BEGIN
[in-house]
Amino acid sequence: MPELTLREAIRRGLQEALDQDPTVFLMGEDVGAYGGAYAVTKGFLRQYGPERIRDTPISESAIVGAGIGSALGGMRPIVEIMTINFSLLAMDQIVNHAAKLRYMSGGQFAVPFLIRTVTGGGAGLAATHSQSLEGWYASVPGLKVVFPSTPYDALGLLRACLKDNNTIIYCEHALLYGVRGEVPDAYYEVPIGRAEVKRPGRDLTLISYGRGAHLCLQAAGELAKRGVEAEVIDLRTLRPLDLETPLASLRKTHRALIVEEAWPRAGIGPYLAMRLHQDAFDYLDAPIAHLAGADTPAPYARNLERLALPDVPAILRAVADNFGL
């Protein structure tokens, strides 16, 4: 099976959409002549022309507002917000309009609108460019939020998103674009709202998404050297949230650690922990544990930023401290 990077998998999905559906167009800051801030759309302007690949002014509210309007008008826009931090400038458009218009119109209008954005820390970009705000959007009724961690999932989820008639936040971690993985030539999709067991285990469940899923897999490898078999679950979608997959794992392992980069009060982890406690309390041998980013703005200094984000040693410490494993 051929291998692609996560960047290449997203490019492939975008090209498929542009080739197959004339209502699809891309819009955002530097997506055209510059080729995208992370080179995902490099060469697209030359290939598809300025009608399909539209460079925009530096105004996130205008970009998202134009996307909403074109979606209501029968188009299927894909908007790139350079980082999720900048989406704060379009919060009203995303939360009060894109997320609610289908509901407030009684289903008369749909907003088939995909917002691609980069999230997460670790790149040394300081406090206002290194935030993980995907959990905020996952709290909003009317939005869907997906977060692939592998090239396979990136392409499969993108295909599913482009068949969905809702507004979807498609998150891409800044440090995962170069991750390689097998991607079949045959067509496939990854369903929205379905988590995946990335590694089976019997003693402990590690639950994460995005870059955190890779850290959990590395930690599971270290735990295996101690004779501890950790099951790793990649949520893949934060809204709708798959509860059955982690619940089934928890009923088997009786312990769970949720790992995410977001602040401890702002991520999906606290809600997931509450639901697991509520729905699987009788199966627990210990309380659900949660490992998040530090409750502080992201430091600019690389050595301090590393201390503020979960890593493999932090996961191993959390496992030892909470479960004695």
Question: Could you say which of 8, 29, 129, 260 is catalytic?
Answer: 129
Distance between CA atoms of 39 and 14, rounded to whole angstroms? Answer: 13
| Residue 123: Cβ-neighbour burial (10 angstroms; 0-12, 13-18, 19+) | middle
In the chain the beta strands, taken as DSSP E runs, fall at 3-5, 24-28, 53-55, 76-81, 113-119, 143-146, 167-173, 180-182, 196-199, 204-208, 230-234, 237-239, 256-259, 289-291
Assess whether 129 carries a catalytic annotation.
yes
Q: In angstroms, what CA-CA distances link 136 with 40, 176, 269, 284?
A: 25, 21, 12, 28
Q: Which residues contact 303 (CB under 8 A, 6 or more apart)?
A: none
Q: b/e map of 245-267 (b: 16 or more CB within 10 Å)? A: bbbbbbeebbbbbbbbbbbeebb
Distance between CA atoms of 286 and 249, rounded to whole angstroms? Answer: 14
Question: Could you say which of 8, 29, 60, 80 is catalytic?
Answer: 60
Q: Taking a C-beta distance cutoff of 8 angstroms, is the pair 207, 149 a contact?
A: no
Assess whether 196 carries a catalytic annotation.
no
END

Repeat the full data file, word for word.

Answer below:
[in-house]
Amino acid sequence: MPELTLREAIRRGLQEALDQDPTVFLMGEDVGAYGGAYAVTKGFLRQYGPERIRDTPISESAIVGAGIGSALGGMRPIVEIMTINFSLLAMDQIVNHAAKLRYMSGGQFAVPFLIRTVTGGGAGLAATHSQSLEGWYASVPGLKVVFPSTPYDALGLLRACLKDNNTIIYCEHALLYGVRGEVPDAYYEVPIGRAEVKRPGRDLTLISYGRGAHLCLQAAGELAKRGVEAEVIDLRTLRPLDLETPLASLRKTHRALIVEEAWPRAGIGPYLAMRLHQDAFDYLDAPIAHLAGADTPAPYARNLERLALPDVPAILRAVADNFGL
């Protein structure tokens, strides 16, 4: 099976959409002549022309507002917000309009609108460019939020998103674009709202998404050297949230650690922990544990930023401290 990077998998999905559906167009800051801030759309302007690949002014509210309007008008826009931090400038458009218009119109209008954005820390970009705000959007009724961690999932989820008639936040971690993985030539999709067991285990469940899923897999490898078999679950979608997959794992392992980069009060982890406690309390041998980013703005200094984000040693410490494993 051929291998692609996560960047290449997203490019492939975008090209498929542009080739197959004339209502699809891309819009955002530097997506055209510059080729995208992370080179995902490099060469697209030359290939598809300025009608399909539209460079925009530096105004996130205008970009998202134009996307909403074109979606209501029968188009299927894909908007790139350079980082999720900048989406704060379009919060009203995303939360009060894109997320609610289908509901407030009684289903008369749909907003088939995909917002691609980069999230997460670790790149040394300081406090206002290194935030993980995907959990905020996952709290909003009317939005869907997906977060692939592998090239396979990136392409499969993108295909599913482009068949969905809702507004979807498609998150891409800044440090995962170069991750390689097998991607079949045959067509496939990854369903929205379905988590995946990335590694089976019997003693402990590690639950994460995005870059955190890779850290959990590395930690599971270290735990295996101690004779501890950790099951790793990649949520893949934060809204709708798959509860059955982690619940089934928890009923088997009786312990769970949720790992995410977001602040401890702002991520999906606290809600997931509450639901697991509520729905699987009788199966627990210990309380659900949660490992998040530090409750502080992201430091600019690389050595301090590393201390503020979960890593493999932090996961191993959390496992030892909470479960004695």
Question: Could you say which of 8, 29, 129, 260 is catalytic?
Answer: 129
Distance between CA atoms of 39 and 14, rounded to whole angstroms? Answer: 13
| Residue 123: Cβ-neighbour burial (10 angstroms; 0-12, 13-18, 19+) | middle
In the chain the beta strands, taken as DSSP E runs, fall at 3-5, 24-28, 53-55, 76-81, 113-119, 143-146, 167-173, 180-182, 196-199, 204-208, 230-234, 237-239, 256-259, 289-291
Assess whether 129 carries a catalytic annotation.
yes
Q: In angstroms, what CA-CA distances link 136 with 40, 176, 269, 284?
A: 25, 21, 12, 28
Q: Which residues contact 303 (CB under 8 A, 6 or more apart)?
A: none
Q: b/e map of 245-267 (b: 16 or more CB within 10 Å)? A: bbbbbbeebbbbbbbbbbbeebb
Distance between CA atoms of 286 and 249, rounded to whole angstroms? Answer: 14
Question: Could you say which of 8, 29, 60, 80 is catalytic?
Answer: 60
Q: Taking a C-beta distance cutoff of 8 angstroms, is the pair 207, 149 a contact?
A: no
Assess whether 196 carries a catalytic annotation.
no